5 Silly Practices That Will Help Your Business

There's a lot about starting a business that's very serious, but that doesn't mean that every part of self employment should be free of silliness. In fact, silliness has it's place in your work and you can be more productive and have a healthier work-life balance by embracing silly practices. Here are 5 silly practices that I use in my business:

1. To Done Lists

A "to done" list is pretty much what it sounds like: a list of things you have already done. Anytime you feel overwhelmed by all that you have to do, or feel like you're making no progress, take 2 minutes and jot down a quick "to done" list. It can include the basics like "got out of bed," "ate breakfast" or larger, longer-term things such as "met with 5 clients this week," "got a blog post out," etc. 

It might seem silly to list all the things you've already accomplished, but there's a real psychology to it. First off, it's a great pep-talk to yourself and helps you get over the inertia of getting started. Additionally, as Leigh Buchanan at Inc.com reports, taking the time to reflect on accomplishments actually improves productivity. So put on your silly-cap and take a few minutes to increase your productivity by NOT doing for a minute! 

Yeah, now you're getting the idea of comfy poses!

Yeah, now you're getting the idea of comfy poses!

2. Embrace "Comfy Poses"

If you're familiar with the idea of "power poses" try their second cousin once removed: the comfy pose. I swear they are actually less silly than "power poses." Here's how comfy poses work: make yourself as comfy as possible at every opportunity possible. A bizarre concept, I know, but you probably didn't become self employed in order to work from a cubical you pay for, or from a coffee shop bench even more uncomfortable than your last desk chair. So simply don't. Find comfy places you can be productive from.

Find ways to work comfort into the tasks you already have to do. For example, when I meet with clients on the phone, I'm shoes off and curled up on my office sofa with the recliner out. And when I need to churn out a blog article, 4 out of 5 times it's achieved from the comfort of my home sofa. Not everything can happen in comfy-mode, but try finding appropriate ways to work it in. Maybe comfy for you is working in the sunshine, or right next to the plate glass windows of your favorite coffee shop so you can feel more outside? What ever it is, work comfy into your routine tasks regardless of how silly it might seem to you.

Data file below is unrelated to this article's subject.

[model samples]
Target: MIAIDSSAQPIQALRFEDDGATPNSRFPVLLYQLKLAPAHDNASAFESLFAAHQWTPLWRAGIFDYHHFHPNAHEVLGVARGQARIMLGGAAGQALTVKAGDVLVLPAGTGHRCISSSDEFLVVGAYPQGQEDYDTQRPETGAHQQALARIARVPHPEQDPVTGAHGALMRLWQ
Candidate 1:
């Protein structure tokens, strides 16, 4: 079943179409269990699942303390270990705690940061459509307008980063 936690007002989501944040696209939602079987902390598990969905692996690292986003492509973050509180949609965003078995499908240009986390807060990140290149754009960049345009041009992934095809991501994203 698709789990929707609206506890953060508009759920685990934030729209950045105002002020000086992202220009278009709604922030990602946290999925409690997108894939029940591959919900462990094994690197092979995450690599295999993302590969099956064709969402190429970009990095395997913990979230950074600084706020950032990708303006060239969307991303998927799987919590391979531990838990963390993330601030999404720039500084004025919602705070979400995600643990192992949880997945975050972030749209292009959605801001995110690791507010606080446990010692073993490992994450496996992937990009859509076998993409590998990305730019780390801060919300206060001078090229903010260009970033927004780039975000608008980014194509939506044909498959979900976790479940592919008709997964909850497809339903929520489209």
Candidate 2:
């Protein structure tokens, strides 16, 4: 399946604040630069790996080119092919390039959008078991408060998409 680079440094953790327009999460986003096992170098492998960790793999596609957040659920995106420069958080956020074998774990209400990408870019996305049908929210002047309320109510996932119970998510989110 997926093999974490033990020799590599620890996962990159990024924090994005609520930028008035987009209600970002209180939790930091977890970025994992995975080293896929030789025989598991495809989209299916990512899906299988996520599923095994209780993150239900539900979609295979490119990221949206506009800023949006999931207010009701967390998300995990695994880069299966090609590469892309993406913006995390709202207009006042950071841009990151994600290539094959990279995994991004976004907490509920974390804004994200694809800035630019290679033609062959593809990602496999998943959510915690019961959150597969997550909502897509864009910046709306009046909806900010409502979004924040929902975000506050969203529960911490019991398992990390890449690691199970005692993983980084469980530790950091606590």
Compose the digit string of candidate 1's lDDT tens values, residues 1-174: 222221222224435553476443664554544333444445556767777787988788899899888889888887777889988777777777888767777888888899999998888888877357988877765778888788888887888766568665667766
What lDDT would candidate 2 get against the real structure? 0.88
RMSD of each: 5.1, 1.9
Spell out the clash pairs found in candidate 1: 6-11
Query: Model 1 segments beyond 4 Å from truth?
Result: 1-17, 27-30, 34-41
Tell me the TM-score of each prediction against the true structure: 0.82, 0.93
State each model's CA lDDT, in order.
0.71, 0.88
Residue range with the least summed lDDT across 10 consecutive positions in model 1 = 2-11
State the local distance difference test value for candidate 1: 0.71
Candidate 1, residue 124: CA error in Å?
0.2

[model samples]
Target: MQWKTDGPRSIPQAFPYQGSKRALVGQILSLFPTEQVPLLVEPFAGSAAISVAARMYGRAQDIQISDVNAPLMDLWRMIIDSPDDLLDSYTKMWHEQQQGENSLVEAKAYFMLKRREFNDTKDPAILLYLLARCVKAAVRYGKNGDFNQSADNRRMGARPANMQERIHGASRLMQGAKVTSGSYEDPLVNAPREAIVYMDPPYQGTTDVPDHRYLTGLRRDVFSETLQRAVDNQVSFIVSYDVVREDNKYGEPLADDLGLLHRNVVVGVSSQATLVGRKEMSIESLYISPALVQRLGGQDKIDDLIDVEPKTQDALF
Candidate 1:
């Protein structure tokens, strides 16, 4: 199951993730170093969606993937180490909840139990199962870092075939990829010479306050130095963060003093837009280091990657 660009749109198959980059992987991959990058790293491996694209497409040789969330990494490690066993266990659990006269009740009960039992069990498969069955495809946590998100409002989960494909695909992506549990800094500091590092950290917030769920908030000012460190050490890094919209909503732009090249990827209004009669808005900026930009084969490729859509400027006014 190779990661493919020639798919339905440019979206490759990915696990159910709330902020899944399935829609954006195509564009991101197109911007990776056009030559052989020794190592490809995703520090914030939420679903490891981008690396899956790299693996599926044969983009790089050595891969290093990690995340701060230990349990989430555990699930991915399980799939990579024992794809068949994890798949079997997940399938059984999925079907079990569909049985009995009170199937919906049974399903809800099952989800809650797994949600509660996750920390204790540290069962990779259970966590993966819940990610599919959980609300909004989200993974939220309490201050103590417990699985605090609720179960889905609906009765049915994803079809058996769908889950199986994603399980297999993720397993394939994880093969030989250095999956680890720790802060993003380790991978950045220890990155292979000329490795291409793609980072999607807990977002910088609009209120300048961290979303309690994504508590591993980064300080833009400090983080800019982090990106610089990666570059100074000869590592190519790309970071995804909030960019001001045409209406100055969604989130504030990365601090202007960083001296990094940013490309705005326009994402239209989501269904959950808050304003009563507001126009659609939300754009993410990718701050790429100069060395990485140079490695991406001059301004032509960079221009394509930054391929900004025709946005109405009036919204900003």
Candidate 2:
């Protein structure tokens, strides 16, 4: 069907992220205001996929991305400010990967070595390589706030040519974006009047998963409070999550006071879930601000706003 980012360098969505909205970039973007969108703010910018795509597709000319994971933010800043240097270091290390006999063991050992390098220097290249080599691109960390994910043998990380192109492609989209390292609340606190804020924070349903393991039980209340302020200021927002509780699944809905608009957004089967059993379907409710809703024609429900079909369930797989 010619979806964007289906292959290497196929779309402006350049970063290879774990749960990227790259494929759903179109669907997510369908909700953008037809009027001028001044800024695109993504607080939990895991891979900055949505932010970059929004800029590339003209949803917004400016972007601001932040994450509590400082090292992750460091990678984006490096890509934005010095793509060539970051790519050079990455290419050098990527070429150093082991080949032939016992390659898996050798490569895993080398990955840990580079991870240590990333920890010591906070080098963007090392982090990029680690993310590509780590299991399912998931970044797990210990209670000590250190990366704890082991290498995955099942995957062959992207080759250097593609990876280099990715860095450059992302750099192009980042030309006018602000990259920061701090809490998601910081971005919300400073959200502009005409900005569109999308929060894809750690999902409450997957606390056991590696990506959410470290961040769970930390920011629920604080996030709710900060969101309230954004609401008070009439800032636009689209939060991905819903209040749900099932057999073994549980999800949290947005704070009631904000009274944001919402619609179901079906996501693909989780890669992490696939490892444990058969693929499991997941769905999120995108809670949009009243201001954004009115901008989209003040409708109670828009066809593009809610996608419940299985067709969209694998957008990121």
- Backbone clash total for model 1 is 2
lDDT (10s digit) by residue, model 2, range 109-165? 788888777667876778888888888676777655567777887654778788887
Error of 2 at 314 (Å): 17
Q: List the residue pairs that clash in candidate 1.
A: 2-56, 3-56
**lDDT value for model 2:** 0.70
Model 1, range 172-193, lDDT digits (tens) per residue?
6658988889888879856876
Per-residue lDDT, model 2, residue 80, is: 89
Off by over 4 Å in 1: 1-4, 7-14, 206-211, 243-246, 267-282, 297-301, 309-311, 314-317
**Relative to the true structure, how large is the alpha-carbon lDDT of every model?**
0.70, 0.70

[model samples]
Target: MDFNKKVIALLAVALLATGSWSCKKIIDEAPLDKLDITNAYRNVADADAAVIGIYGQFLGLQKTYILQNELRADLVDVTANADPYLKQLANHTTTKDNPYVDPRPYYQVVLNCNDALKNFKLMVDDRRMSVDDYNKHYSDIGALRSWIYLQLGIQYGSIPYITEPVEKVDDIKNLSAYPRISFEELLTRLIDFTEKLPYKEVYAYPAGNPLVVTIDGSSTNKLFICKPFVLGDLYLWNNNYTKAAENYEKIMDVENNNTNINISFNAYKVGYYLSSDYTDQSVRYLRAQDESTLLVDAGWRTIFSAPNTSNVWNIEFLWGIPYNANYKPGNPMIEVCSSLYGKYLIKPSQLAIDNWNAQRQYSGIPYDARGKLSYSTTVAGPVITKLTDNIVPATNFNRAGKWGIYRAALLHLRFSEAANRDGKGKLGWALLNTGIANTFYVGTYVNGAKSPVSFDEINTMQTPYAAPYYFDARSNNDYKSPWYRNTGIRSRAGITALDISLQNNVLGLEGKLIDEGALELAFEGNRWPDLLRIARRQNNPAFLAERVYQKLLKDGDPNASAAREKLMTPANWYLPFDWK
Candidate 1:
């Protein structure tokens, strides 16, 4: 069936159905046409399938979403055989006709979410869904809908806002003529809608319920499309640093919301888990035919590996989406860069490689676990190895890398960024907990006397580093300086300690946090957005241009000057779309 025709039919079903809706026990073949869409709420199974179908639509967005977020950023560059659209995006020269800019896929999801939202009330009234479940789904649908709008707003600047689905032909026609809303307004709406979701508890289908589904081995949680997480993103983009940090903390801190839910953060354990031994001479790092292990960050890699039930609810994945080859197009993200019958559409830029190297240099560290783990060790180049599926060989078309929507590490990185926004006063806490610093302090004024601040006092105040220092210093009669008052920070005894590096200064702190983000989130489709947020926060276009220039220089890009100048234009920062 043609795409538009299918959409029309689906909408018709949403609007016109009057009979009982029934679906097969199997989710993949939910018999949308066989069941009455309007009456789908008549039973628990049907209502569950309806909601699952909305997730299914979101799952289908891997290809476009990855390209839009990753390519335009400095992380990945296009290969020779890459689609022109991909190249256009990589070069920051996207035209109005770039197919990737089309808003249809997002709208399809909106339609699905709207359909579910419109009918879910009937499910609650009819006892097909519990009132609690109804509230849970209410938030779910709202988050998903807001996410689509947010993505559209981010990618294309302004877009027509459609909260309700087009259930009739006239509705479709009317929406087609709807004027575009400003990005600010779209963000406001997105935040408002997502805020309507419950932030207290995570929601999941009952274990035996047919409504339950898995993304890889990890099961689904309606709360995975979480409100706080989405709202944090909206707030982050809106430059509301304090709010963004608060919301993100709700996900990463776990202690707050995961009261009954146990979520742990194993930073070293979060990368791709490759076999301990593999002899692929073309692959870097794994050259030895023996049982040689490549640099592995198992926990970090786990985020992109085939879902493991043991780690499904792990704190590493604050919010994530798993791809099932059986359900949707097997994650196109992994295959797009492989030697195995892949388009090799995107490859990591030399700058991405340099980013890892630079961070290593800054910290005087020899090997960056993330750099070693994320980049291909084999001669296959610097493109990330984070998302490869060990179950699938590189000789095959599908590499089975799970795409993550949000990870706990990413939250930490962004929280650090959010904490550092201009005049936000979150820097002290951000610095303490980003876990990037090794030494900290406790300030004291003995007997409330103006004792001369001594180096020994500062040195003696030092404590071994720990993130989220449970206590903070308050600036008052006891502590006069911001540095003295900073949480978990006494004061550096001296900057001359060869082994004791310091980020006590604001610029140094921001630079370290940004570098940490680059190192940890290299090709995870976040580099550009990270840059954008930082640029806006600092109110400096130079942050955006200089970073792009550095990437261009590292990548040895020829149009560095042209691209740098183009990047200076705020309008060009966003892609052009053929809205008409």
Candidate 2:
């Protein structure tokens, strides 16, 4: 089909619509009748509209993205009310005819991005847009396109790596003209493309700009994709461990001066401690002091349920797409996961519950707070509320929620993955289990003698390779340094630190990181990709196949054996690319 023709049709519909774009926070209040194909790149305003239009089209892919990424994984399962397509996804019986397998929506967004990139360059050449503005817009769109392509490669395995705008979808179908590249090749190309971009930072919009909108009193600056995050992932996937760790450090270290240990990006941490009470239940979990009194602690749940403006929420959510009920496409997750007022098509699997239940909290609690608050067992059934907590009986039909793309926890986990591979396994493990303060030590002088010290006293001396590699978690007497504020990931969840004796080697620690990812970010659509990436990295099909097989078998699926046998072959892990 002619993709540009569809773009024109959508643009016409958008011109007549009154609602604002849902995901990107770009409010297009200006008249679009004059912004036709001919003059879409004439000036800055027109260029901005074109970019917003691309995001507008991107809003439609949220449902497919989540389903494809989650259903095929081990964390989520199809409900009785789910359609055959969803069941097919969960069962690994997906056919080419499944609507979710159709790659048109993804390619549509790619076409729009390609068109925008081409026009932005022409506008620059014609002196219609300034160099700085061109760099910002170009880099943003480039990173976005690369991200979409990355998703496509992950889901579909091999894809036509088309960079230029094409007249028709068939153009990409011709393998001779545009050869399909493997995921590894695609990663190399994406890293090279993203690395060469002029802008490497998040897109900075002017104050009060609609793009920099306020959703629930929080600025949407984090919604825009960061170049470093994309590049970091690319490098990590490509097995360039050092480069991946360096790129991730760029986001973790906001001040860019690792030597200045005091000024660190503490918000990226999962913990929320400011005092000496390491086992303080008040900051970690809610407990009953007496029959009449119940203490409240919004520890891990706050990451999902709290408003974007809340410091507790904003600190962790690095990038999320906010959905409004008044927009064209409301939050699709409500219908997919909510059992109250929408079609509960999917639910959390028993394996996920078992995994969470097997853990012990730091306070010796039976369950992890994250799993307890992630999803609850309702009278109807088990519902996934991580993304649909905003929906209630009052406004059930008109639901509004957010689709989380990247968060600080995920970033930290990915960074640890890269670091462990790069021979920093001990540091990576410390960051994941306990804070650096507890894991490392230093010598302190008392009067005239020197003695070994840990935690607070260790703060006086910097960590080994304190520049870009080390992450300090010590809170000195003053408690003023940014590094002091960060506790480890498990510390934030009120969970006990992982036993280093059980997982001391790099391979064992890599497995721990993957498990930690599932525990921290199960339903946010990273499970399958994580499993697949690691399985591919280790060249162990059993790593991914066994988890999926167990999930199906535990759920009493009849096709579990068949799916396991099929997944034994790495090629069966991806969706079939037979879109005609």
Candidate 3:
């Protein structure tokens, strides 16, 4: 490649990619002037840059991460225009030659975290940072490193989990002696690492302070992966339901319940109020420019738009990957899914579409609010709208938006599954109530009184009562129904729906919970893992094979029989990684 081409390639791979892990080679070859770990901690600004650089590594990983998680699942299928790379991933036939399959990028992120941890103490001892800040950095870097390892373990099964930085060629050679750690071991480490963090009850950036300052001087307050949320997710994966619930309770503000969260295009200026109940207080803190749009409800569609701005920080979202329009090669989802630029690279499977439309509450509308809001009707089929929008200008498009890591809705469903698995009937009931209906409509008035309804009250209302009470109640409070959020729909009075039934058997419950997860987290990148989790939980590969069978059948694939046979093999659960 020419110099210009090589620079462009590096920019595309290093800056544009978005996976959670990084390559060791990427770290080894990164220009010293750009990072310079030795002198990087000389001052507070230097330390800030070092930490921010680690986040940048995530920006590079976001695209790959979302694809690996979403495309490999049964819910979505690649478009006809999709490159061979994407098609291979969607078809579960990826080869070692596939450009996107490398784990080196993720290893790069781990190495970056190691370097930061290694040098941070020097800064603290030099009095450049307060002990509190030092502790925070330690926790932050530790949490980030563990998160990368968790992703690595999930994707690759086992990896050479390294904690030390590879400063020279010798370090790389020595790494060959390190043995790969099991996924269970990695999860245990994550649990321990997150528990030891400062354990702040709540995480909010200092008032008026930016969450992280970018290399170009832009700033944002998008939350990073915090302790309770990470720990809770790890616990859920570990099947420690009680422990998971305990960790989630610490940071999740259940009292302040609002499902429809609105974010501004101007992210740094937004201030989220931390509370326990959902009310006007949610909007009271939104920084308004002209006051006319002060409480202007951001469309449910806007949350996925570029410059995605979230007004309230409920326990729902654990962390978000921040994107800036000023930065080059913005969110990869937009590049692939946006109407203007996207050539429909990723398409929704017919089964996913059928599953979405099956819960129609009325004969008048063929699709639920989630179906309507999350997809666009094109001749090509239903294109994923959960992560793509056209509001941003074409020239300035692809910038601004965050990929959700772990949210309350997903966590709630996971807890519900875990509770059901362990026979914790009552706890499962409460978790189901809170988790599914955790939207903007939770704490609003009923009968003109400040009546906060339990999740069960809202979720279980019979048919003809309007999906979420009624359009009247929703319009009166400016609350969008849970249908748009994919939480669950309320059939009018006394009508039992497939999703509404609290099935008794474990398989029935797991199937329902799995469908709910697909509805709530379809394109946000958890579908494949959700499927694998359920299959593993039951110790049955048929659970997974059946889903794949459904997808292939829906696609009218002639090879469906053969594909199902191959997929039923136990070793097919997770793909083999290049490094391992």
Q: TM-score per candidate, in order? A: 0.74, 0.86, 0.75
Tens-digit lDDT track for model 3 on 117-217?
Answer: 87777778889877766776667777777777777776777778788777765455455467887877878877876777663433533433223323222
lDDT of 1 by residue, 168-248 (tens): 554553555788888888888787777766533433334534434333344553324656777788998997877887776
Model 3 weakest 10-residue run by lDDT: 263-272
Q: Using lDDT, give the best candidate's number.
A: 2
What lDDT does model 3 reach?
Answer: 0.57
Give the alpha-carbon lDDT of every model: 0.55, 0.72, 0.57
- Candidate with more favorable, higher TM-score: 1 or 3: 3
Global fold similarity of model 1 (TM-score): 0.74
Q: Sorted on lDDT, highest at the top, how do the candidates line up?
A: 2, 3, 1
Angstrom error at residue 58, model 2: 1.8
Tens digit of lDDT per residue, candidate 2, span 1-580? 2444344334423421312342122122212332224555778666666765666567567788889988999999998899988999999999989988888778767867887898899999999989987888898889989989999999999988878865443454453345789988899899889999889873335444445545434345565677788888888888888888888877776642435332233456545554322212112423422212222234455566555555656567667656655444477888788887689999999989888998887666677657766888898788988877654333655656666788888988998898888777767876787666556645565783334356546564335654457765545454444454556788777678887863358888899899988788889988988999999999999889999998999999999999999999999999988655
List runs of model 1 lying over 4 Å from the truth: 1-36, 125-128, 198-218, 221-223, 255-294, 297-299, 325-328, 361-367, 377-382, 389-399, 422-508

3. Silly Celebrations

Yes, high-fiving your cat counts as a silly celebration. 

Yes, high-fiving your cat counts as a silly celebration. 

I celebrate when I run out paper on a note pad. Objectively, this isn't a silly practice, it's down right absurd. These are the note pads I use to take notes during sessions with clients. Sometimes a session takes 1 sheet of paper, sometimes 5. Some pads of paper have 100 sheets, some have 120. The completion of a pad of paper has no data-drive relationship to how my business is doing.

But the numbers don't matter; that isn't the point. When the pad is done, I do a little celebration, sing "Another One Bites the Dust" and then put it in the trash and pull out a new pad. (And then I might sing "Another One Bites the Dust" a couple more times because, jeez it's catchy!)

Is this a silly practice? Yes. Does it have purpose? Also yes. Celebrations address three key challenges we face as entrepreneurs:

  1. We need time to acknowledge all the work we put into this business regardless of the results. It's easy to celebrate when things are going well, but when you're putting the work in and haven't seen the results yet, how do you stay motivated to keep going? Celebrating something silly or non-results focused, means we get that chance to celebrate regardless. 
  2. As self employed folks, we don't have a boss to tell us when we've done a good job. We have to be that boss. We need to find time to say "good job!" to ourselves. If we don't have something that reminds us to do this, we're liable to never do it.
  3. We've been taught that bragging is a bad thing, and while I agree that "I'm better than you" bragging is harmful, that doesn't mean that acknowledging the things we've accomplished is bad. Acknowledging an accomplishment, no matter how minor, is vital for building and maintaining self confidence. And that self confidence is going to come in handy the next time you pitch your services to a new client!